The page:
Many of these older lifeboats had some inside ballast, but because these boats were never intended for inside ballast, it will greatly shorten the life of the boat. But more to the point I think you are really asking how to convert these old lifeboats from what was essentially a rowing boat to a sailing vessel.
You have to start with the basics. The framing on a wooden sail boat is somewhat different than the framing on a rowing boat. While both will have transverse frame and floor timbers (a term which refers to the heavier frames that cross the keel and tie the two sides of hull together). In the case of a rowing hull, the floor timbers only have to keep the two sides of the boat together. But in the case of a sailing vessel, the mast, keel, rudder and rigging loads are trying to twist the boat apart and the floor timbers have to absorb that twisting force and distribute into a large enough area of the boat to prevent the boat from damaging itself. Typically the bolts from the external ballast keel pass through these floor timbers and so the timber has to be thick enough that the bolts won't split the timber apart.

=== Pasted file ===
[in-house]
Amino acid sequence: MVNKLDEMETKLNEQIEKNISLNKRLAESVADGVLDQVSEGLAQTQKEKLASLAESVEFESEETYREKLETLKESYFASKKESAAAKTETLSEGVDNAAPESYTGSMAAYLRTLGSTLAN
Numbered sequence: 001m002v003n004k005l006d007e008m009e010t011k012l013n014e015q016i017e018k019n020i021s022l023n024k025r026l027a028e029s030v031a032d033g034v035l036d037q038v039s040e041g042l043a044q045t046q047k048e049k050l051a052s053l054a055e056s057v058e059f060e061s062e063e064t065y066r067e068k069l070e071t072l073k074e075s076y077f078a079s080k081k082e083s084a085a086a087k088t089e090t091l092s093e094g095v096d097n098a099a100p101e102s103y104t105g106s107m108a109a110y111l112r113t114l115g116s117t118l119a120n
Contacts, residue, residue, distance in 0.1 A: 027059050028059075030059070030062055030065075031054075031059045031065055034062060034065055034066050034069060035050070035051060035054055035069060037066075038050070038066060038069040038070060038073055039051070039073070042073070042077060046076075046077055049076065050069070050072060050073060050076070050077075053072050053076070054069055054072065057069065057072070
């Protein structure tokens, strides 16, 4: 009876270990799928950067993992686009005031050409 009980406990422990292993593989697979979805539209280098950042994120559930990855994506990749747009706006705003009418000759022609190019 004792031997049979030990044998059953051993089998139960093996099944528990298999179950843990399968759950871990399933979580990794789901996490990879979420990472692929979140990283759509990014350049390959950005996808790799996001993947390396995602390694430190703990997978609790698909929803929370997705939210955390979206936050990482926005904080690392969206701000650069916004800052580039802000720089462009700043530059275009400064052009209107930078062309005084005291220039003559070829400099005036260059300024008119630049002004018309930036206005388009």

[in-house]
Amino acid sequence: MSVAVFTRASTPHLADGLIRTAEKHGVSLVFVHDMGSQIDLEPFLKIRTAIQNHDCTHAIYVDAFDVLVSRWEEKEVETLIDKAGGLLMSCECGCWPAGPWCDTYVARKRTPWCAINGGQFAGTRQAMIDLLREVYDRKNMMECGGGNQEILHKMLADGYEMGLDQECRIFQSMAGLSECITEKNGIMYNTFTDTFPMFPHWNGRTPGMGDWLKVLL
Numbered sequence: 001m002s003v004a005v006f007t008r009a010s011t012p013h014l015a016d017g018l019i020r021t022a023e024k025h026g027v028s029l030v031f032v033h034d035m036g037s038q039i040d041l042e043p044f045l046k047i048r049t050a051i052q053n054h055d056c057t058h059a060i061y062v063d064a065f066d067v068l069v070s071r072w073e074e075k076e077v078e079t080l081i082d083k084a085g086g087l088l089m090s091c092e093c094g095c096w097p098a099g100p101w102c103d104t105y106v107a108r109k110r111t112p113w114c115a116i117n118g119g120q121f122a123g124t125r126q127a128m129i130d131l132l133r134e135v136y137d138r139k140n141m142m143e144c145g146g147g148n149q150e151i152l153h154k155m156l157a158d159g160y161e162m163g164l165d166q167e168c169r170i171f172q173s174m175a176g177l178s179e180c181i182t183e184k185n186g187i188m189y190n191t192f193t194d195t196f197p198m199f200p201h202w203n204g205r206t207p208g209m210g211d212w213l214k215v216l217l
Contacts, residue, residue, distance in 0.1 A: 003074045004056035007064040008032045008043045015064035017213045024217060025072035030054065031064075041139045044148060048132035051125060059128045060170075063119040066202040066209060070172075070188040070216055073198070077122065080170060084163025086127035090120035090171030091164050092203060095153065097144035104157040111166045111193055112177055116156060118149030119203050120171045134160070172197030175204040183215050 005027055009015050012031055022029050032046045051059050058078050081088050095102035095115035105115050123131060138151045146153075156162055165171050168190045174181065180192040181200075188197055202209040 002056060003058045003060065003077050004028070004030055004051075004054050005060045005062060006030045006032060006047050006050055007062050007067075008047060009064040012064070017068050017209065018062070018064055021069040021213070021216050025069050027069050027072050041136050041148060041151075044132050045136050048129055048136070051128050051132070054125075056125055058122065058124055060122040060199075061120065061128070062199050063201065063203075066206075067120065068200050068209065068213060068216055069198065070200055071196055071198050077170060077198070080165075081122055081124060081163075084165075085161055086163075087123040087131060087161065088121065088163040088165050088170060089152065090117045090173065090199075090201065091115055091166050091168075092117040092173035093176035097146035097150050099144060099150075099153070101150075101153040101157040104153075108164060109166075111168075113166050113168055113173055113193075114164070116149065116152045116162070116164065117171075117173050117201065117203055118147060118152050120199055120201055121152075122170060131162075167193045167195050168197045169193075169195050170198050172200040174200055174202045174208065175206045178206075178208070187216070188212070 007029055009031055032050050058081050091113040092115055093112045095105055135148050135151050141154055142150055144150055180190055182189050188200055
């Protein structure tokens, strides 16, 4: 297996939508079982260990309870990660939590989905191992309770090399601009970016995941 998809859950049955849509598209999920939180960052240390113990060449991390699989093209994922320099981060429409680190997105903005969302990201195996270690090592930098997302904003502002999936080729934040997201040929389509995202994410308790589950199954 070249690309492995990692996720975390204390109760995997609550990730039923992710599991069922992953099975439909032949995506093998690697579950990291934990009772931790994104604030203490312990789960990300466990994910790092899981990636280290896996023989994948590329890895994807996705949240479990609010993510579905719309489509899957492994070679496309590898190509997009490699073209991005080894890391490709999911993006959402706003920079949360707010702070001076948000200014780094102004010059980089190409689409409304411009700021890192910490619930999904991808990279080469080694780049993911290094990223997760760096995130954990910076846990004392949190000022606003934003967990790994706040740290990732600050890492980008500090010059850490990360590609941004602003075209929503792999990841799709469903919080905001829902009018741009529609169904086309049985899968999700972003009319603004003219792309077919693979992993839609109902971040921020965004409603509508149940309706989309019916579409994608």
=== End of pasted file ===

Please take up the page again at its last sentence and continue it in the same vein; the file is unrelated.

Therefore retrofitting a lifeboat to be a sailing vessel therefore requires adding deeper, heavier floor timbers.
Adding a ballast keel means that there is a load perpendicular (vertically) to the keel as well and a lifeboat keel was not designed for that load so a keelson (inner keel timber) is added to distribute the load fore and aft.
When you see chainplates bolted to the outside of the hull of a wooden boat, they are typically bolted through a heavier frame on the interior of the boat. This frame typically has a hanging knee that ties that frame to the deck and sheer clamp.
Lastly while woodenboats are typically keel stepped, the keel of a lifeboat was not really designed to take the vertical thrust of the mast and so a timber gets added above the keel that distributes the loads two three frames fore and aft of the mast step and of course big floor timbers are added here as well.
Once you have done that, you can easily add a lead shoe, or a lead fin keel.
Once you have done all of that then the lifeboat will have the strength needed to be a sailboat and if it has a proper rig, sail moderately well, but not great.
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Curmudgeon at Large- and rhinestone in the rough, sailing my Farr 11.6 on the Chesapeake Bay and part-time purveyor of marine supplies